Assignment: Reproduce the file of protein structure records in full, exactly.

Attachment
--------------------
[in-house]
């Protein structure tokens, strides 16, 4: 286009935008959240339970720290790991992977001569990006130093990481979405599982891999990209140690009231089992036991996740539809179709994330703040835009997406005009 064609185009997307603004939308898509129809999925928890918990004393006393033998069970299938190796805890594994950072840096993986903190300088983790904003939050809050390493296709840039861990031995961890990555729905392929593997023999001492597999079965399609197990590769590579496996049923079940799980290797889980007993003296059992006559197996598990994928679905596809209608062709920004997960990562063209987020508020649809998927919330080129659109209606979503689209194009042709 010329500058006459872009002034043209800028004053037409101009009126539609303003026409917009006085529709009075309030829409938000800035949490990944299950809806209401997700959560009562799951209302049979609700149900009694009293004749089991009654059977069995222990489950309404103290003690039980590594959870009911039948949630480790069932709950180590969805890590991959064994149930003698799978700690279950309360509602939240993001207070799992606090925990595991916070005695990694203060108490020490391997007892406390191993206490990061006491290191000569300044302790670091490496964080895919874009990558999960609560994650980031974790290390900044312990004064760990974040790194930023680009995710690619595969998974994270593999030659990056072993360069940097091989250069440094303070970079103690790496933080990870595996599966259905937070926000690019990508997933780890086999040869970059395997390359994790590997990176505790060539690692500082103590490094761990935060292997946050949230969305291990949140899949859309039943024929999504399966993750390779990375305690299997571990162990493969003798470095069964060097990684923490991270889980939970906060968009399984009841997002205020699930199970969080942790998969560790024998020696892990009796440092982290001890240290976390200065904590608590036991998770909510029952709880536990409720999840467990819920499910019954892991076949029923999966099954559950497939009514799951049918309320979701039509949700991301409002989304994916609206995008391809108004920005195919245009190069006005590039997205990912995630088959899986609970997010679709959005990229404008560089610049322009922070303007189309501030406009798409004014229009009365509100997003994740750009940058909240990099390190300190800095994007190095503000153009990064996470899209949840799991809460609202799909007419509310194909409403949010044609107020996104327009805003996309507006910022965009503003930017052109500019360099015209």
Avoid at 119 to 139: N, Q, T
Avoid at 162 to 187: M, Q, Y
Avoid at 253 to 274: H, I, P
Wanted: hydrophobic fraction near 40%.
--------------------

[in-house]
């Protein structure tokens, strides 16, 4: 286009935008959240339970720290790991992977001569990006130093990481979405599982891999990209140690009231089992036991996740539809179709994330703040835009997406005009 064609185009997307603004939308898509129809999925928890918990004393006393033998069970299938190796805890594994950072840096993986903190300088983790904003939050809050390493296709840039861990031995961890990555729905392929593997023999001492597999079965399609197990590769590579496996049923079940799980290797889980007993003296059992006559197996598990994928679905596809209608062709920004997960990562063209987020508020649809998927919330080129659109209606979503689209194009042709 010329500058006459872009002034043209800028004053037409101009009126539609303003026409917009006085529709009075309030829409938000800035949490990944299950809806209401997700959560009562799951209302049979609700149900009694009293004749089991009654059977069995222990489950309404103290003690039980590594959870009911039948949630480790069932709950180590969805890590991959064994149930003698799978700690279950309360509602939240993001207070799992606090925990595991916070005695990694203060108490020490391997007892406390191993206490990061006491290191000569300044302790670091490496964080895919874009990558999960609560994650980031974790290390900044312990004064760990974040790194930023680009995710690619595969998974994270593999030659990056072993360069940097091989250069440094303070970079103690790496933080990870595996599966259905937070926000690019990508997933780890086999040869970059395997390359994790590997990176505790060539690692500082103590490094761990935060292997946050949230969305291990949140899949859309039943024929999504399966993750390779990375305690299997571990162990493969003798470095069964060097990684923490991270889980939970906060968009399984009841997002205020699930199970969080942790998969560790024998020696892990009796440092982290001890240290976390200065904590608590036991998770909510029952709880536990409720999840467990819920499910019954892991076949029923999966099954559950497939009514799951049918309320979701039509949700991301409002989304994916609206995008391809108004920005195919245009190069006005590039997205990912995630088959899986609970997010679709959005990229404008560089610049322009922070303007189309501030406009798409004014229009009365509100997003994740750009940058909240990099390190300190800095994007190095503000153009990064996470899209949840799991809460609202799909007419509310194909409403949010044609107020996104327009805003996309507006910022965009503003930017052109500019360099015209």
Avoid at 119 to 139: N, Q, T
Avoid at 162 to 187: M, Q, Y
Avoid at 253 to 274: H, I, P
Wanted: hydrophobic fraction near 40%.